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D., Graduate School of Horticulture, Chiba University

Mikiko Kamata(Mikiko Kamada
He completed his graduate studies at the Graduate School of Agriculture, Hokkaido University. His major was molecular plant breeding. After completing graduate school, he was involved in planning and development for a vegetable seed manufacturer, then studied indoor greenery and decoration and became an independent plant director. 2015, he launched Rokkakkei, LLC. and has been engaged in the space greening business, developing products such as indoor greening tool Tanicushion®️. Currently, he is studying "the relationship between humans and plants" as a doctoral student at a graduate school.


Associate Professor, Faculty of Education, Shiga University

Masako Ohira(Mr. Masako Ohira
Completed the doctoral course at Osaka University Graduate School of Medicine in 2011. In the same year, he became a researcher at Nagaoka University of Technology's Center for the Development of Top Runners in the Fusion of Industry, Academia, and Government. He became a lecturer at the Faculty of Education, Shiga University in the same year and an associate professor at the same university in 2015. He has been consistently engaged in research on stress assessment using hormones in saliva since his graduate school days. Recently, he has been engaged in research and development of methodology for stress assessment without using saliva, such as psychological stress assessment using biochemicals derived from body tissue fluid, nails, and hair. D. in Medicine.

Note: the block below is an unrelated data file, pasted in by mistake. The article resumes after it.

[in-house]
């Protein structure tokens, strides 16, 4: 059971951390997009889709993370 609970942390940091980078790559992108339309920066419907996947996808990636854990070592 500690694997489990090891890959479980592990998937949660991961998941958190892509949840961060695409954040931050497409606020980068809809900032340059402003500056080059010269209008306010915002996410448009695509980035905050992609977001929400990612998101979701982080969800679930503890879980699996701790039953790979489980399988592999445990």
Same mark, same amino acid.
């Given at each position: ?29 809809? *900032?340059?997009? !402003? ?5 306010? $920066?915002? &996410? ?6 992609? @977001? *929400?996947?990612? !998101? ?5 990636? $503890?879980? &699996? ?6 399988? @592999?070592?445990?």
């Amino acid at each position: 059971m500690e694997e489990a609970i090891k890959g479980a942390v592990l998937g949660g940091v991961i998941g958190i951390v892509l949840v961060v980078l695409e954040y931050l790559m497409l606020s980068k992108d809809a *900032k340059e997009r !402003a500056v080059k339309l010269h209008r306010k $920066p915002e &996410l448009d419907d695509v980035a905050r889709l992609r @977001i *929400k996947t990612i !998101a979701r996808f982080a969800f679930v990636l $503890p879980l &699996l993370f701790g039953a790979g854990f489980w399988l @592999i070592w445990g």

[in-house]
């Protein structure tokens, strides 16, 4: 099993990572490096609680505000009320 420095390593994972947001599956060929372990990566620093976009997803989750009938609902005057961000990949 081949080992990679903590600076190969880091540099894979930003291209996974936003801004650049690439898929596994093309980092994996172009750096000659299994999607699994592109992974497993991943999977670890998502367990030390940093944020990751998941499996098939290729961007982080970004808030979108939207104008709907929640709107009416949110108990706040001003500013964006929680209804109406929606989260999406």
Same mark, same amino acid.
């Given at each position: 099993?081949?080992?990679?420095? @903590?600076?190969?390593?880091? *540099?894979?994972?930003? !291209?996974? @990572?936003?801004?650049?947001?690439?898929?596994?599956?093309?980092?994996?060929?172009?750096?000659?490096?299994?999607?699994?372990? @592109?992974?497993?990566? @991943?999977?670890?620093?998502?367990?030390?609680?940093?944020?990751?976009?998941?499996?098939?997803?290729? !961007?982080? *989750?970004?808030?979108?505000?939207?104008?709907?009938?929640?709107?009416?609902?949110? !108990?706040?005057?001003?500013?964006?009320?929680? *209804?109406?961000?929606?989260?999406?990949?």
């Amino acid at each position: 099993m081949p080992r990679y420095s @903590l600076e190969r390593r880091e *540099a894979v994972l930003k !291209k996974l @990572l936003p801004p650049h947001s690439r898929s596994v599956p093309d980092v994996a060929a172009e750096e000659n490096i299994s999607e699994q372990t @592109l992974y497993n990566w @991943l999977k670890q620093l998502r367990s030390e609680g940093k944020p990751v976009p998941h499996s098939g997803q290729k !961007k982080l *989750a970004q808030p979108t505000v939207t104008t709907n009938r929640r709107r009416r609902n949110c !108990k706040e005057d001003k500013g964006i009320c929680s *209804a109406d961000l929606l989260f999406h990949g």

National Center of Neurology and Psychiatry

Matsumoto Yui(Yui Matsumoto)
D. degree (Doctor of Philosophy) from the Graduate School of Arts and Sciences, the University of Tokyo. He is currently engaged in research on sound as a researcher at the National Institute of Neuroscience, National Center of Neurology and Psychiatry. His research focuses on the mechanisms of social behavior such as vocal communication in rodents and the effects of acoustic environments on living organisms.



Kansai Electric Power Co. Research and Development Office Technical Research Institute Advanced Technology Laboratorypresent (e.g. government, administration) Fundamental Technology Laboratory(in Japanese history)(Research Support)]

Soichi Nakao(Nobuichi Nakao)
After graduating from Osaka Prefectural College of Technology, Department of Industrial Chemistry, he joined Kansai Electric Power Co. He was engaged in maintenance management of thermal power plant (mainly management of fuel, water quality, exhaust gas, and wastewater). In 2000, he was transferred to the General Technical Research Institute of the company (currently Technical Research Institute), where he was engaged in evaluation research of energy utilization equipment such as eco-cutes and PEFCs, and then in charge of research planning and planning. Currently, he is engaged in planning for the start-up of new businesses.



Leave a Nest Co., Ltd. General Manager, Human Resources Development Division

Takashi Okazaki(Takashi Okazaki)
Doctor of Science. D. in Science from Osaka University. After working as a special researcher at the National Institute of Advanced Industrial Science and Technology (AIST), he joined LIVERNESS. In addition to his diverse research experience at universities, major textile manufacturers, and national research institutes, he was engaged in science and technology promotion planning at a local government affiliated organization. Mainly engaged in local seed discovery, human resource development, and regional acceleration.